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Iraq Asks NATO To Speed Security Force Training - 2004-07-13


Iraqi Foreign Minister Hoshyar Zebari has told the NATO alliance that his country urgently needs NATO to implement its pledge to train Iraq's security forces. VOA's Roger Wilkison reports from Brussels that NATO is still trying to decide how and where to conduct the training because of differences among the allies.

Mr. Zebari, who briefed NATO ambassadors at the alliance's headquarters Tuesday and later met with reporters, is appealing for the training aid NATO promised his country at the organization's summit in Istanbul last month to be delivered immediately.

"We need this training you promised us in Istanbul to be carried out as soon as possible," he said. "We need it. In fact, we are in a race against time. And it is a matter of urgency."

NATO Secretary-General Jaap de Hoop Scheffer says the allies will decide this month on how the training mission will be conducted. Alliance military experts recently visited Baghdad to look at ways in which the training mission can be instituted and are due to report to NATO ambassadors within days.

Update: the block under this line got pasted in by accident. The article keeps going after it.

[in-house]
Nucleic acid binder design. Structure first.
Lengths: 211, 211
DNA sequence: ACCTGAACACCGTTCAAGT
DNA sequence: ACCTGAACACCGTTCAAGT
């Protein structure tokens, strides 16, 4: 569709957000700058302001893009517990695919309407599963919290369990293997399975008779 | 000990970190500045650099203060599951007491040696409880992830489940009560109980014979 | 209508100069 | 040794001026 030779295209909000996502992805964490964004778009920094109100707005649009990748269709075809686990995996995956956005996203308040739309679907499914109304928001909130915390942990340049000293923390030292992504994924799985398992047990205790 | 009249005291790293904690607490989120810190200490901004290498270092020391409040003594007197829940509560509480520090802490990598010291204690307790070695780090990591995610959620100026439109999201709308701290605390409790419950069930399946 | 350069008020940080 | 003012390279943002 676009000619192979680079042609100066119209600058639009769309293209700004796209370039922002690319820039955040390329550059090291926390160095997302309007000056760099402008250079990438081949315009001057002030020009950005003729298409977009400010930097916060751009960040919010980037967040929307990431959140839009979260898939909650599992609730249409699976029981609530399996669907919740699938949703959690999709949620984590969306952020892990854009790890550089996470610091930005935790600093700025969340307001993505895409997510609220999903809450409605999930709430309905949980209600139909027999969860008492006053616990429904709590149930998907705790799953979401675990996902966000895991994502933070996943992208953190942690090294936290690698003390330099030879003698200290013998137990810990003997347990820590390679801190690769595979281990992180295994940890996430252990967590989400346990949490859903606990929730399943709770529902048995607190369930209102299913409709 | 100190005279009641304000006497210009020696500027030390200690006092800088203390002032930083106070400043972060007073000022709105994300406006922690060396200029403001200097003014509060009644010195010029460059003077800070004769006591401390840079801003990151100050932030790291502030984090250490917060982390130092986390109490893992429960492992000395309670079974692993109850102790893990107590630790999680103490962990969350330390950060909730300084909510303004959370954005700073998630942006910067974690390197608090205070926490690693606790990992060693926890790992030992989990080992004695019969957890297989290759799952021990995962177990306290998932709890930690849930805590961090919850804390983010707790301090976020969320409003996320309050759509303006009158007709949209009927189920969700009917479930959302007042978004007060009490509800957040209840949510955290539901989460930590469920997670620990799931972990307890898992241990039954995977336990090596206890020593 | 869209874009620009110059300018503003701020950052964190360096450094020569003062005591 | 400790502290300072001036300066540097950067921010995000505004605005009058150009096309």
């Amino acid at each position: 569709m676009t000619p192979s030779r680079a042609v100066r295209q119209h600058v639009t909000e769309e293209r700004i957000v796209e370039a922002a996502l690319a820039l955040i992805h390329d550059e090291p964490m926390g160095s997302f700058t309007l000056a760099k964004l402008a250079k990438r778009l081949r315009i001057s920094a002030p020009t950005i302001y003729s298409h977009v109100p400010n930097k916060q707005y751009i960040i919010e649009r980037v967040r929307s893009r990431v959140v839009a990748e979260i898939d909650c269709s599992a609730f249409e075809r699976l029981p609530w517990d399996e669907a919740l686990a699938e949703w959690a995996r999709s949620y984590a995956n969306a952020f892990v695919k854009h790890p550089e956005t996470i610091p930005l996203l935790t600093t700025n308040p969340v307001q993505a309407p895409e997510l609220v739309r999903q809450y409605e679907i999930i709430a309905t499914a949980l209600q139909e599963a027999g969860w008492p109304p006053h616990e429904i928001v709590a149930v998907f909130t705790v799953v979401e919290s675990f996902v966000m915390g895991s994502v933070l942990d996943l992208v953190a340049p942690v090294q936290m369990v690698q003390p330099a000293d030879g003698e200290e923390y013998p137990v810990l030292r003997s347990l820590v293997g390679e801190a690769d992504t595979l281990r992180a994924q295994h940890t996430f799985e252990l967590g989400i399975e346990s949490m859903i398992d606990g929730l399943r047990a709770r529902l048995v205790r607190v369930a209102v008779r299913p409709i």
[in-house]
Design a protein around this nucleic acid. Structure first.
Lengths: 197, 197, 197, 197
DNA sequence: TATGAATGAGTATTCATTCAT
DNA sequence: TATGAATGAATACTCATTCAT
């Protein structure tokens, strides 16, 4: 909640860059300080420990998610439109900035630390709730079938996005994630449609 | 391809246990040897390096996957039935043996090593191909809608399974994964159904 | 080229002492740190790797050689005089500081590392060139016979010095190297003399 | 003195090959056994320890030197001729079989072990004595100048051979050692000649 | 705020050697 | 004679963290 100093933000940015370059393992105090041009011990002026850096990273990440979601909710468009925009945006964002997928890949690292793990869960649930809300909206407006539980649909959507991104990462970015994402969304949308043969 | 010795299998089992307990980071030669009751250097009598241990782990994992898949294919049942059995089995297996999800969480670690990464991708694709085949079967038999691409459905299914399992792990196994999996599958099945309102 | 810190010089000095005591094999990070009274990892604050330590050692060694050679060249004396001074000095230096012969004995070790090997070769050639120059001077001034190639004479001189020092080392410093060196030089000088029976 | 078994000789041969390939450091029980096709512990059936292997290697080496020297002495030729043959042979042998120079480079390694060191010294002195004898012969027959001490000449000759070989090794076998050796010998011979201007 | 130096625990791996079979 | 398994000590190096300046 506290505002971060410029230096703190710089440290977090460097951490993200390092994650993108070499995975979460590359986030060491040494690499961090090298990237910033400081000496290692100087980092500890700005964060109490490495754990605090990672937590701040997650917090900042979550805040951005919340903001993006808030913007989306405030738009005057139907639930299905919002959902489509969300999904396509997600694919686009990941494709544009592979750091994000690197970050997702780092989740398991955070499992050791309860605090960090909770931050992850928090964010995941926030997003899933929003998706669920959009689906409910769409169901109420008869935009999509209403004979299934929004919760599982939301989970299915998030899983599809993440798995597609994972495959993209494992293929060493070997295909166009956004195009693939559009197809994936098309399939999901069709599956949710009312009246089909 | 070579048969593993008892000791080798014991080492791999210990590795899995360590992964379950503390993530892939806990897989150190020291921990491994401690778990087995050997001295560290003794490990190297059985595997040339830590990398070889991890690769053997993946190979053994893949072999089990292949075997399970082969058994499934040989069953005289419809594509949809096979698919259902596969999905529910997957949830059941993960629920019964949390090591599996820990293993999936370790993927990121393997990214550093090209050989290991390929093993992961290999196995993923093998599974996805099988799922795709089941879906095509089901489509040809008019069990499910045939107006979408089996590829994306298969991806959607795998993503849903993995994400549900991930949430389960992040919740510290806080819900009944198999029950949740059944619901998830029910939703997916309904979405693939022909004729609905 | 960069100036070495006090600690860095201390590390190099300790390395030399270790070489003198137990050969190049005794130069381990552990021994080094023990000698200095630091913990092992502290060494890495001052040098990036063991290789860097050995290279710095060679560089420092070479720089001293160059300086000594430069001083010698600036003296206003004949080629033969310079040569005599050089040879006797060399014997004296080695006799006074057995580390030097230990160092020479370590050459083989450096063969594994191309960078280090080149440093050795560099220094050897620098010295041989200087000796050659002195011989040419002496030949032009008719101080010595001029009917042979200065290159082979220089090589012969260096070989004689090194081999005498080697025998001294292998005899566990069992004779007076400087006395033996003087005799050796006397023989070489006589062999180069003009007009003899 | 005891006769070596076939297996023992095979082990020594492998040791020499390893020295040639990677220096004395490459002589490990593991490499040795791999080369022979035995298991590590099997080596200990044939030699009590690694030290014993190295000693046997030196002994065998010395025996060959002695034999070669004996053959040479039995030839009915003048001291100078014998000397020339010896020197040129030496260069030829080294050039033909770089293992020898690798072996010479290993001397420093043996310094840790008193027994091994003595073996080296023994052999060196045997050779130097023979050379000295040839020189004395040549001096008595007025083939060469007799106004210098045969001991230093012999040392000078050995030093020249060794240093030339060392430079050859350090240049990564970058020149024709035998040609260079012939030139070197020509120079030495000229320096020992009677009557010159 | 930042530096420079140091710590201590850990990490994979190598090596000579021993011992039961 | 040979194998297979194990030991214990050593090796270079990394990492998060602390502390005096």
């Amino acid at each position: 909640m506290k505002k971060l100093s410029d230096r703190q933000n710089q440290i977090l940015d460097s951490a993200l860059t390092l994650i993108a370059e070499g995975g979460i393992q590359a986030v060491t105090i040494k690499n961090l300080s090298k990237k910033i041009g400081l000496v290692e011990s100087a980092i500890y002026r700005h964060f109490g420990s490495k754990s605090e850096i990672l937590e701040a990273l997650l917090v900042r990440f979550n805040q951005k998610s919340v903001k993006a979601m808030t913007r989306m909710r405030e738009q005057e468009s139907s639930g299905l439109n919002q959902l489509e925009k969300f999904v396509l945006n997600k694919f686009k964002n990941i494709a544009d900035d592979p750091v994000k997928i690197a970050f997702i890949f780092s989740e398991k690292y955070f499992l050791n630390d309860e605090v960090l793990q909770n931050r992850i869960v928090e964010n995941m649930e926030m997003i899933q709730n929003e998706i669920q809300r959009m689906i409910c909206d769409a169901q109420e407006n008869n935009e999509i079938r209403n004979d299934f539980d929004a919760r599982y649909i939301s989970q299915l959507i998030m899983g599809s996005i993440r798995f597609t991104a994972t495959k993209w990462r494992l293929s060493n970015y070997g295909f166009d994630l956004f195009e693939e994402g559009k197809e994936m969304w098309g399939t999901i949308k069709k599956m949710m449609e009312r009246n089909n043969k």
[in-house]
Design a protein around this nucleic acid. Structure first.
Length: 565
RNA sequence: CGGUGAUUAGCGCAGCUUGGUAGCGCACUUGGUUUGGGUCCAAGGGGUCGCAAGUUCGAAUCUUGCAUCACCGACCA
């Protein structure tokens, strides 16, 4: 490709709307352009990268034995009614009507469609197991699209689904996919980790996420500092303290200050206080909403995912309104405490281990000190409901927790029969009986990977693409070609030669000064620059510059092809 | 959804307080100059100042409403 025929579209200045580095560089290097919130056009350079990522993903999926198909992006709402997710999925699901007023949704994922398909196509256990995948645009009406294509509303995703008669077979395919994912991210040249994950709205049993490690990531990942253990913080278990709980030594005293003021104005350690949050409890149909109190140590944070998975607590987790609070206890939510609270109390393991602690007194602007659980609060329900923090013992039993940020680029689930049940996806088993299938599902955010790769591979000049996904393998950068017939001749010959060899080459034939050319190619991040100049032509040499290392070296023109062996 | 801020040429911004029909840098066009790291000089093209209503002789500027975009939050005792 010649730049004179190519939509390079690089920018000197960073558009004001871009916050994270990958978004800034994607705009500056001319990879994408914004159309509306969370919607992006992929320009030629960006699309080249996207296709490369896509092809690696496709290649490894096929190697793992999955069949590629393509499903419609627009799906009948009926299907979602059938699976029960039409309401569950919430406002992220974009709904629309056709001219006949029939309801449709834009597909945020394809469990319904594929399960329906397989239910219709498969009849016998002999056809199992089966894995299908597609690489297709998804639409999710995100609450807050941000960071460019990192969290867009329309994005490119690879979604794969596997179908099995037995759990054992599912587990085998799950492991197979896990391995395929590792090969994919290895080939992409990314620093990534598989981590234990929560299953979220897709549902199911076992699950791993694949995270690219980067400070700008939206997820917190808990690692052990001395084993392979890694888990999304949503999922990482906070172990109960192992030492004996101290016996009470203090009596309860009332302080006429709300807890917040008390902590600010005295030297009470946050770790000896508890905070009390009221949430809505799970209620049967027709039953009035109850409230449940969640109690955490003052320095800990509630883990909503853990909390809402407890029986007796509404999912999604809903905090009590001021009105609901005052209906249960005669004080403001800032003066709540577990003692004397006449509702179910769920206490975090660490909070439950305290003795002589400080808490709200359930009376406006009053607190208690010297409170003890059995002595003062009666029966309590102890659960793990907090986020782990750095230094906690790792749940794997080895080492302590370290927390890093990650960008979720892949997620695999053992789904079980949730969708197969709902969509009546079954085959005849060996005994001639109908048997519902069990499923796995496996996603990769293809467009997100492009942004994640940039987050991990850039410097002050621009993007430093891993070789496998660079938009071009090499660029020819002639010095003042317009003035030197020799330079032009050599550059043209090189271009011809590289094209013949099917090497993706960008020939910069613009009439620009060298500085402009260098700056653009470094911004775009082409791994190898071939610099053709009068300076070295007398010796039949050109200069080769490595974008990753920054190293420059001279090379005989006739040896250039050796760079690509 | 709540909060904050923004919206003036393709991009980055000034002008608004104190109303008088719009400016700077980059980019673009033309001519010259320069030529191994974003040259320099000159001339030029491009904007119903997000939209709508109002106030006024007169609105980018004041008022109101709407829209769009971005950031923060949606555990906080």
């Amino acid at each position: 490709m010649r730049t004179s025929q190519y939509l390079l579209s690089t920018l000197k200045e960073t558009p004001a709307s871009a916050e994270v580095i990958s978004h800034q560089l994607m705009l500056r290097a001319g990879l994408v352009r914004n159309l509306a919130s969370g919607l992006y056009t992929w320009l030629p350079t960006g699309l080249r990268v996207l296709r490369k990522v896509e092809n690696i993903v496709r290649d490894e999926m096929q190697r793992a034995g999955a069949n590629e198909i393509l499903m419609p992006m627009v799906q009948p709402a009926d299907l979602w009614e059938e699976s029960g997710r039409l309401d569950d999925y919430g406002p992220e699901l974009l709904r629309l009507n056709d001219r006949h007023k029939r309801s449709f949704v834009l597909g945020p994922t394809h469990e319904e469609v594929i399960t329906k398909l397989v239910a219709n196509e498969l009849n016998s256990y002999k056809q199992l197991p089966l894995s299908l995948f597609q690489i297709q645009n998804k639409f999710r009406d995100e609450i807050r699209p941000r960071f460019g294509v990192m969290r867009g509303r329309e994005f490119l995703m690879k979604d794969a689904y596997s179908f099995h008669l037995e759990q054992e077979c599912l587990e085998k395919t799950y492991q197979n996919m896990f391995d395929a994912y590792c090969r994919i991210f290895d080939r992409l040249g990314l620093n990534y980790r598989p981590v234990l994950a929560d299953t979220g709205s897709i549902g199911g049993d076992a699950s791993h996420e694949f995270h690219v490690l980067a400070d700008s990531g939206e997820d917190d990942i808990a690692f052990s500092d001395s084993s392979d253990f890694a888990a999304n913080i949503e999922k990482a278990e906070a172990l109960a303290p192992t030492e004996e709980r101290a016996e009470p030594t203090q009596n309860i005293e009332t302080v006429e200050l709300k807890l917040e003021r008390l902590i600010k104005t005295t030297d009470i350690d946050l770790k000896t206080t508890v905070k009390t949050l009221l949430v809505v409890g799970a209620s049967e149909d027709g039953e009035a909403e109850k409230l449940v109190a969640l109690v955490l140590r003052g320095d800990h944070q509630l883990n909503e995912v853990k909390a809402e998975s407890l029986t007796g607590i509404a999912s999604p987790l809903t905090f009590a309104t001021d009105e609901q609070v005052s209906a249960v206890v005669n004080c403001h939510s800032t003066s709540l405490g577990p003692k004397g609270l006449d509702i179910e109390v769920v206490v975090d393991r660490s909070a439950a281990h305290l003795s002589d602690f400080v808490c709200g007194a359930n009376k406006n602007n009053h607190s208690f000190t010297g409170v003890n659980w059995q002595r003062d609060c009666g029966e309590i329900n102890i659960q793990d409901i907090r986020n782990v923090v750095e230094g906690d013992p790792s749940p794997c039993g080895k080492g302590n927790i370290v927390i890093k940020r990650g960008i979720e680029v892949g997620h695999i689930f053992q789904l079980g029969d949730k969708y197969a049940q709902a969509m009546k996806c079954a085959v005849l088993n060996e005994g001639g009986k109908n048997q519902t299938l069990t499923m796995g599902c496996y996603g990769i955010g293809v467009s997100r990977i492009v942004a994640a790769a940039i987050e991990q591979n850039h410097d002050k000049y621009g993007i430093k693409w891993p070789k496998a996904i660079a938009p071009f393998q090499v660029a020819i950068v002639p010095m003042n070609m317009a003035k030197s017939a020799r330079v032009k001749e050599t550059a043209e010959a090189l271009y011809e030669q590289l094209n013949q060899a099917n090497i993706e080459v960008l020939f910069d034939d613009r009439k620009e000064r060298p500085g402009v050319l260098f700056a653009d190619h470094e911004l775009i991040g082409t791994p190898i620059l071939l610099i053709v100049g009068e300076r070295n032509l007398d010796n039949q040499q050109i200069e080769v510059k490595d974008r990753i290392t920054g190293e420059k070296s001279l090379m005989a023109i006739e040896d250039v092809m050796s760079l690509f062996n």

The 26-member alliance, where all decisions are made by consensus, is still divided over how to carry out the training mission in Iraq.

France does not want NATO, as an alliance, to be involved in Iraq. It has said that the training could be done by individual NATO members inside the country, or by the alliance outside Iraq. The United States wants NATO to have a presence in Iraq.

The Iraqi foreign minister says his government prefers that the training mission be conducted inside Iraq.

Mr. Zebari wants more than just training, though. He says he has asked NATO for military equipment, support in guarding Iraq's borders and protection for the U.N. mission that is supposed to oversee elections that are scheduled to take place in January.

"We are committed to a political process, to hold elections. We need the United Nations to be established in Iraq," he said. "The United Nations needs security, [for] its facilities, installations, personnel. So we have made that request of NATO, as an organization or its individual members, to help us."

The United Nations pulled out of Iraq after a bombing at its Baghdad headquarters last August killed 22 people. It has been reluctant to establish a new mission there until the security situation improves.

Secretary-General de Hoop Scheffer says NATO will consider Mr. Zebari's requests in the weeks ahead.

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